In spite of complaints from a couple of councillors about the Limux OS, the city council said the bulk of users have not taken issue with the move.
"Most people don't really realize that they have Linux and they do not really care," said Jan-Marek Glogowski, a developer in the IT team at the City of Munich told the DebConf Debian developers meeting earlier this month.
Also: The Munich Revolution
Linux’s hardware support is better than ever, but you still can’t take it for granted. Not every laptop and desktop you see at your local computer store (or, more realistically, on Amazon) will work perfectly with Linux. Whether you’re buying a PC for Linux or just want to ensure you can dual-boot at some point in the future, thinking about this ahead of time will pay off.
This “story” surfaces every several months and, for some reason I always fail to fathom, everybody starts parroting it. It goes thus: Munich is sick and tired of how inadequate Linux is for everyday use and is ready to ditch years of work and millions of euros to return to Windows.
As usual, the facts say something different: all that has happened this time around is that two (count ’em: 2) councillors have sent a letter to the mayor requesting that some new devices that have had LiMux (Munich’s tailored Linux flavour) installed on them, be equipped with Windows because the Linux distro comes with “no programs (text editing programs, Skype, Office, etc.)” that the councilors can use.
"The badging system seems too rooted in video games and social media," said Raytheon | Websense engineer Tom O'Connor. "Building secure software is not really a game, and I worry that a badge system reduces security to checklists. That said, I can certainly see value in having some sort of rudimentary assessments of open source projects to see that they meet some minimal standards."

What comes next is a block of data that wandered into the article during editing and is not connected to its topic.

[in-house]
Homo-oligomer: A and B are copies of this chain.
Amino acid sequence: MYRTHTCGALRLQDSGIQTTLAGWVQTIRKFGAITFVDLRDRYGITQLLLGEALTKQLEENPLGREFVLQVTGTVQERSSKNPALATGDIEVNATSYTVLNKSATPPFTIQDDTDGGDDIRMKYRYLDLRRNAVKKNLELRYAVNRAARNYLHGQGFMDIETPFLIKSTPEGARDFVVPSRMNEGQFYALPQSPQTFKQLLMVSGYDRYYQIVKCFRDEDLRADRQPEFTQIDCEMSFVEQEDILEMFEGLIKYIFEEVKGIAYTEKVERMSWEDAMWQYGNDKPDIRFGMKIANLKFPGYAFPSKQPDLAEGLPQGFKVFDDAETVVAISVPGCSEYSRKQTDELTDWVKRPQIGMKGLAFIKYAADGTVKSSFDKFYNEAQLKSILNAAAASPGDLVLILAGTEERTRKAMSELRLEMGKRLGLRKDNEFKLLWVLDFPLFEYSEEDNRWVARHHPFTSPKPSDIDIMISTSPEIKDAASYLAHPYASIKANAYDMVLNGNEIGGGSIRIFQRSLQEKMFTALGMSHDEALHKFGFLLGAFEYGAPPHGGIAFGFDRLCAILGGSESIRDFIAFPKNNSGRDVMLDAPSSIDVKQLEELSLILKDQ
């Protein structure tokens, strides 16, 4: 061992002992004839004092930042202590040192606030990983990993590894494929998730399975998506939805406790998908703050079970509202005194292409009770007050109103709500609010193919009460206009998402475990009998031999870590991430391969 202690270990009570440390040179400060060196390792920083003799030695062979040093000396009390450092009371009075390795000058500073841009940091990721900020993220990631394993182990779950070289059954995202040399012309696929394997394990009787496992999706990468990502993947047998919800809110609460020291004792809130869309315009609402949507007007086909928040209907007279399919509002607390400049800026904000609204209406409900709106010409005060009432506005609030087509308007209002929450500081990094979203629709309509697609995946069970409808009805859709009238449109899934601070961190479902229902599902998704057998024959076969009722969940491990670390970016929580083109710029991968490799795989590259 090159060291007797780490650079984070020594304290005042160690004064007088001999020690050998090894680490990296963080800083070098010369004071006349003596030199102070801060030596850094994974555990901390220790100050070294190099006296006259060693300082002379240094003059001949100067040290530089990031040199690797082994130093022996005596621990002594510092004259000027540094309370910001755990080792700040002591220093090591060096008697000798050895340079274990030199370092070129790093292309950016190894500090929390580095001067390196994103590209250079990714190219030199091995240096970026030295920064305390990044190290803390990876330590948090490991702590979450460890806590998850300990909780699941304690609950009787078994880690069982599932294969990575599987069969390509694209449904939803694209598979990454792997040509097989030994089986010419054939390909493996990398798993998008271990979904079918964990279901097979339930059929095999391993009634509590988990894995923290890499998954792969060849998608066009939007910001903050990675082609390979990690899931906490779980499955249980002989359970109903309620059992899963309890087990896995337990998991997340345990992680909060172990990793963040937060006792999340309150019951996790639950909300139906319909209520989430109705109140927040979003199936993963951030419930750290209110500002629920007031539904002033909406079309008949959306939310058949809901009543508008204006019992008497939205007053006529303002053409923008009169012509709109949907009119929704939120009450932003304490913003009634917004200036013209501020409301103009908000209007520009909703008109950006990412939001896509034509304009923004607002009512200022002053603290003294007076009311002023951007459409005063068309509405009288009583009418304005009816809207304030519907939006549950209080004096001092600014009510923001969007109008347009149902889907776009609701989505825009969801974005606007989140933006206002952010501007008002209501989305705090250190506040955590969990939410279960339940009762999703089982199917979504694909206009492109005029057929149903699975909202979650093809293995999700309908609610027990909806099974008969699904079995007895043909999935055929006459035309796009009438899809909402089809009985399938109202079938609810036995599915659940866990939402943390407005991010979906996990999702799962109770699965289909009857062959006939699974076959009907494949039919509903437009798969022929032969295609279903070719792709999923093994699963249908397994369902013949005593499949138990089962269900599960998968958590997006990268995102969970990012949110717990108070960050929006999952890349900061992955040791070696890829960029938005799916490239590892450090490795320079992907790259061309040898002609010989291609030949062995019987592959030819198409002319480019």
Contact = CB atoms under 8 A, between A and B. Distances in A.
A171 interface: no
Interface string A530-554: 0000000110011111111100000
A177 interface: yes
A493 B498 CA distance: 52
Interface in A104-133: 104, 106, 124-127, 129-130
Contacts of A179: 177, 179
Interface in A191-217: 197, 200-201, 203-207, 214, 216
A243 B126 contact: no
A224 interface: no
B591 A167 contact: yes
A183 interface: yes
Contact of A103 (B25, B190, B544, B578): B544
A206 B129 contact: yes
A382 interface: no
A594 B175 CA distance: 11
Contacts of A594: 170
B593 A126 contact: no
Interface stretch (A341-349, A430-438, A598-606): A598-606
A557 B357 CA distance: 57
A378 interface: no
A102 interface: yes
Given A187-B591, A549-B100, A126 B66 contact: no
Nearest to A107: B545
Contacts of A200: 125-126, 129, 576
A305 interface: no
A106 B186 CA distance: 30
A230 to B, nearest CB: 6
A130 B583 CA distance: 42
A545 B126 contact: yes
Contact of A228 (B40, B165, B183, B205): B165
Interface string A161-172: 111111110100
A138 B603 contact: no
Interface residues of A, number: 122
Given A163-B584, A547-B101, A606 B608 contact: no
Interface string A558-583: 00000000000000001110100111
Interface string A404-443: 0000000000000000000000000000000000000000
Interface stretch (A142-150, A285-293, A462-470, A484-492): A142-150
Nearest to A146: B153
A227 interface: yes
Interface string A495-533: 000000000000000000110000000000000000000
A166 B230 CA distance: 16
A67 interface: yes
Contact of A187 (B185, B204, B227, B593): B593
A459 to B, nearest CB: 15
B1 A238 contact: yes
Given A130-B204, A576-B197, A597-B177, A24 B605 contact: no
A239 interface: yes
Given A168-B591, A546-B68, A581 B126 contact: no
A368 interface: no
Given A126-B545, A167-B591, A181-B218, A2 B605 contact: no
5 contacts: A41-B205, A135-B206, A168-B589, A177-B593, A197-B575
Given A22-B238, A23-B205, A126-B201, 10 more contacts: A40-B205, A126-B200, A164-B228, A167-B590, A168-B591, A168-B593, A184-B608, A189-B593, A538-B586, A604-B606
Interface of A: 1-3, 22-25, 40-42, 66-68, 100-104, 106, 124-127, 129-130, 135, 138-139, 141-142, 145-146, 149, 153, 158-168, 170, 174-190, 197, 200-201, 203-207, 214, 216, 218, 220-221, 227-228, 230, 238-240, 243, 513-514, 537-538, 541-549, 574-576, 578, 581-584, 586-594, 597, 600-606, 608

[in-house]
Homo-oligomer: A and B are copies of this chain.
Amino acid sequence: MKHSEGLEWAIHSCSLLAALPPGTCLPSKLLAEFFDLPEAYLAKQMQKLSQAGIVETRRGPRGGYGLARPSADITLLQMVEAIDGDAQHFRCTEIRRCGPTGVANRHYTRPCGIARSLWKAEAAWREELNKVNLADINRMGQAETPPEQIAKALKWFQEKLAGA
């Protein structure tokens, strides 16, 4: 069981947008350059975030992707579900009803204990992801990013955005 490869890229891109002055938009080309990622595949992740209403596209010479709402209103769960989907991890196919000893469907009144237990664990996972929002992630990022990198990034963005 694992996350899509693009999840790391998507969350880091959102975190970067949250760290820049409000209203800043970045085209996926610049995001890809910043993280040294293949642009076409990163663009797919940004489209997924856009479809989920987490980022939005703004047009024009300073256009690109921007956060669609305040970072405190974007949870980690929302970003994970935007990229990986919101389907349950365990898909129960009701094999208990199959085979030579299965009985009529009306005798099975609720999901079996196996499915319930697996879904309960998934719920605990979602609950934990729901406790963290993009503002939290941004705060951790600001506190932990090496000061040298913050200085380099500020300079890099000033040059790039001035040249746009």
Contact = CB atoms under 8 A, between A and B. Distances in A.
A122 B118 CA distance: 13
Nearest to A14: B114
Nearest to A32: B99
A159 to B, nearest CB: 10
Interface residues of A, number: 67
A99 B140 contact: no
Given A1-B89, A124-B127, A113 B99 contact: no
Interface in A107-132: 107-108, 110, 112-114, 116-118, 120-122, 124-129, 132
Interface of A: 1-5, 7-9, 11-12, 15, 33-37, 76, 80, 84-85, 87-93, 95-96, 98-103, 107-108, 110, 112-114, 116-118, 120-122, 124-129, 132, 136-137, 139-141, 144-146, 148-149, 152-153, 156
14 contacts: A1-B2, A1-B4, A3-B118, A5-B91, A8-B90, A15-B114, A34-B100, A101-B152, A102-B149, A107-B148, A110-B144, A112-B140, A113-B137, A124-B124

The Core Infrastructure Initiative (CII), a collaborative project run by the Linux Foundation, is aiming to develop a free security best practices program for open source software.
It isn't an overstatement to say that the modern world runs on Linux. If you look around you, almost everything is running on Linux -- from your home router to stock exchanges. Thanks to Linux, open source has become a phenomenon that is fast becoming a norm in the enterprise and consumer segments. Fierce competitors like Google, Facebook, Yahoo!, Twitter, Red Hat, SUSE are all working together to make open source software even better.
Cloud Media has launched a dual-boot Linux and Android “Popcorn Hour A-500 Pro” media player with 3840 x 2160 video, high-quality analog audio, and XLR out.
Formerly known as Syabas, Cloud Media has been selling Linux-based Popcorn Hour and Popbox media players for years. Last year, Cloud Media found Kickstarter success with its Linux-based Stack Box home automation box. This week it achieved its $50K Kickstarter funding goal for the new top-of-the-line Popcorn Hour A-500 Pro media player and music system, which adds high fidelity stereo analog audio to its usual media player and home theater functions.